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A central capacity sharing model of dual-task performance.

Author information

  • 1Department of Psychology, University of Waterloo, Ontario, Canada. mt2tombu@cgl.uwaterloo.ca

Abstract

The authors present the central capacity sharing (CCS) model and derive equations describing its behaviors to explain results from dual-task situations. The predictions of the CCS model are contrasted with those of the central bottleneck model. The CCS model predicts all of the hallmark effects of the psychological refractory period (PRP) pardigm: -1 slope of the PRP effect at short stimulus onset asynchronies (SOAs), underadditivity of precentral Task 2 manipulations, additivity of central or postcentral Task 2 manipulations with SOA, and carry forward to Task 2 of Task 1 precentral or central manipulations at short SOAs. The CCS model also predicts that Task 1 response times increase with decreasing SOA. The model is a viable alternative to the central bottleneck model.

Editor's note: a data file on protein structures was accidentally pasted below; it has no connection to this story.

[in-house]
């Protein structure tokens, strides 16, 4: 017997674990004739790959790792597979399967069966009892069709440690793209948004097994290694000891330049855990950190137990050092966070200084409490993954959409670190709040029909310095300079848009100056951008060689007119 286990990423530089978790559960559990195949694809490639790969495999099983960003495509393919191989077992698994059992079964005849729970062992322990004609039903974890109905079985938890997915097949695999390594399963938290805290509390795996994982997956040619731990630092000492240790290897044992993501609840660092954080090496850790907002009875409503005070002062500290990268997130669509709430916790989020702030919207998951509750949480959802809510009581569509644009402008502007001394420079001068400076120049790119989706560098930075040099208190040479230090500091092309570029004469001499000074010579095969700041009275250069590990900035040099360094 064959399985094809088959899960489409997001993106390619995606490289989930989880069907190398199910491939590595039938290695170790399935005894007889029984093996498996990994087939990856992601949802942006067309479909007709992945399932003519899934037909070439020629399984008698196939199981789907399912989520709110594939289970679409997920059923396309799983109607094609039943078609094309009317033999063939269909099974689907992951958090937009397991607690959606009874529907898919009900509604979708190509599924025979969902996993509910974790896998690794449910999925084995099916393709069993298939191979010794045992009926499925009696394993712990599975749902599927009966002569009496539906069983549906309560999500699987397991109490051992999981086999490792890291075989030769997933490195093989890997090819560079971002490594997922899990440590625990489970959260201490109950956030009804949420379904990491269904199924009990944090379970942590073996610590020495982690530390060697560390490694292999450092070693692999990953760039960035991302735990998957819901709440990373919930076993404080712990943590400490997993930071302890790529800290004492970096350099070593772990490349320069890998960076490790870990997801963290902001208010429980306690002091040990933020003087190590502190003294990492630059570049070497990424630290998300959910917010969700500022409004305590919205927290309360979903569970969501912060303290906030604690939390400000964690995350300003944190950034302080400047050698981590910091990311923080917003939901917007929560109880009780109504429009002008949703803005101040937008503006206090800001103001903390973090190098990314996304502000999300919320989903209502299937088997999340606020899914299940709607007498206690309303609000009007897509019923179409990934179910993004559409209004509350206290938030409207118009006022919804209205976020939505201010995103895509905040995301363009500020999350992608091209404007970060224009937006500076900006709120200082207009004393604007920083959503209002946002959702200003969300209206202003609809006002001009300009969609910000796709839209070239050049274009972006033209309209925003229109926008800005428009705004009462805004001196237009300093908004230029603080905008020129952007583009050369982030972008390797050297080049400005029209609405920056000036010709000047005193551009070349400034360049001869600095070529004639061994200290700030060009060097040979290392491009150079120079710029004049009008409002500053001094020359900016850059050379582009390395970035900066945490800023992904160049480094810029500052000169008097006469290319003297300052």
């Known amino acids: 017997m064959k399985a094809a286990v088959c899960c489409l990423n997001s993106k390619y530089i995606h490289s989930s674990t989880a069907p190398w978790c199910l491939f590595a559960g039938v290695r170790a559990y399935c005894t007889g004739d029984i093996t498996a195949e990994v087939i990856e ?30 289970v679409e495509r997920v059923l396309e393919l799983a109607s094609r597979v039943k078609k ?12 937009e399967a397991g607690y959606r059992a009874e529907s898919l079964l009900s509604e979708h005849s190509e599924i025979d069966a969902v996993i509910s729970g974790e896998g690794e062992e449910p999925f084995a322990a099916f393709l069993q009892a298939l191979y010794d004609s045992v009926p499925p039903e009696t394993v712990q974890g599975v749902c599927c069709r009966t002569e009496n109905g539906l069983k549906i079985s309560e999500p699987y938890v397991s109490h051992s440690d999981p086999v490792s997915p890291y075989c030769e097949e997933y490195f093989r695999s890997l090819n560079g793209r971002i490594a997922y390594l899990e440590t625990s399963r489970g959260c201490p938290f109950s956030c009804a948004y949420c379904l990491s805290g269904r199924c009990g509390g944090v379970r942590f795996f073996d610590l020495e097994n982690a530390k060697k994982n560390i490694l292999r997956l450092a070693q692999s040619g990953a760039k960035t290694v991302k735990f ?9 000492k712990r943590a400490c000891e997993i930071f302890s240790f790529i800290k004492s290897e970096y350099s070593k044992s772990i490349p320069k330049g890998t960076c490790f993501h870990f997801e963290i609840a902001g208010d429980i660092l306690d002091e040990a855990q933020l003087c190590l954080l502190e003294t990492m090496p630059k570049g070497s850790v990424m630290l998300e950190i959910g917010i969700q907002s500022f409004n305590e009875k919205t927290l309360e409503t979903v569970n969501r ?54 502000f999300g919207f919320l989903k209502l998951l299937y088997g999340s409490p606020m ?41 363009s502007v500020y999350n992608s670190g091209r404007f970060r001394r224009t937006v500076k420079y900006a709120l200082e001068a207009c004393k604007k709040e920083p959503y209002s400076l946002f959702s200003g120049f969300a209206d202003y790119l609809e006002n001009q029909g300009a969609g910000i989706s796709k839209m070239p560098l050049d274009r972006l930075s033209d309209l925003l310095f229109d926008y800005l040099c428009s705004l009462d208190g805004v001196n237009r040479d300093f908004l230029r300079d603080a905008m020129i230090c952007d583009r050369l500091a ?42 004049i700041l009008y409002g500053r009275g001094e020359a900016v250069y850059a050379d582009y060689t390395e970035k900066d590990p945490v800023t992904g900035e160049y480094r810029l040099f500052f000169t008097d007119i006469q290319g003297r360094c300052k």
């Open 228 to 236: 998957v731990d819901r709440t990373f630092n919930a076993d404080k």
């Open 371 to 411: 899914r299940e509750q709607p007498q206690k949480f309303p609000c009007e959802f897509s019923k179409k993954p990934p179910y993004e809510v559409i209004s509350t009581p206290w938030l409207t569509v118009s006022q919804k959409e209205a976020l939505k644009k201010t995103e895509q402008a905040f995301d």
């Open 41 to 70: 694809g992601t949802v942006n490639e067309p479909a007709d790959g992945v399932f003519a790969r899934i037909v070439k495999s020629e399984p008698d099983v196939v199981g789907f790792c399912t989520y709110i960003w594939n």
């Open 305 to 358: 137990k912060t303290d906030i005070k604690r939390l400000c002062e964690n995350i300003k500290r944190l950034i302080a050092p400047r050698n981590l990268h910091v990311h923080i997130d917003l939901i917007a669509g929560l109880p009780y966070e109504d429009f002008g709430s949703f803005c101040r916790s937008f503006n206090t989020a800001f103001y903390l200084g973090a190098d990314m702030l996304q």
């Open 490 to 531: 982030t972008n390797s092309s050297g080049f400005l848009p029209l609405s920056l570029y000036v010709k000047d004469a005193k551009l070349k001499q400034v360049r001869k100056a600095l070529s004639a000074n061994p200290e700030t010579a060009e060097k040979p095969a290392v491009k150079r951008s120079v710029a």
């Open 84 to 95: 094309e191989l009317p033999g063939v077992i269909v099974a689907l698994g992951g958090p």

PMID:
12669744
[PubMed - indexed for MEDLINE]
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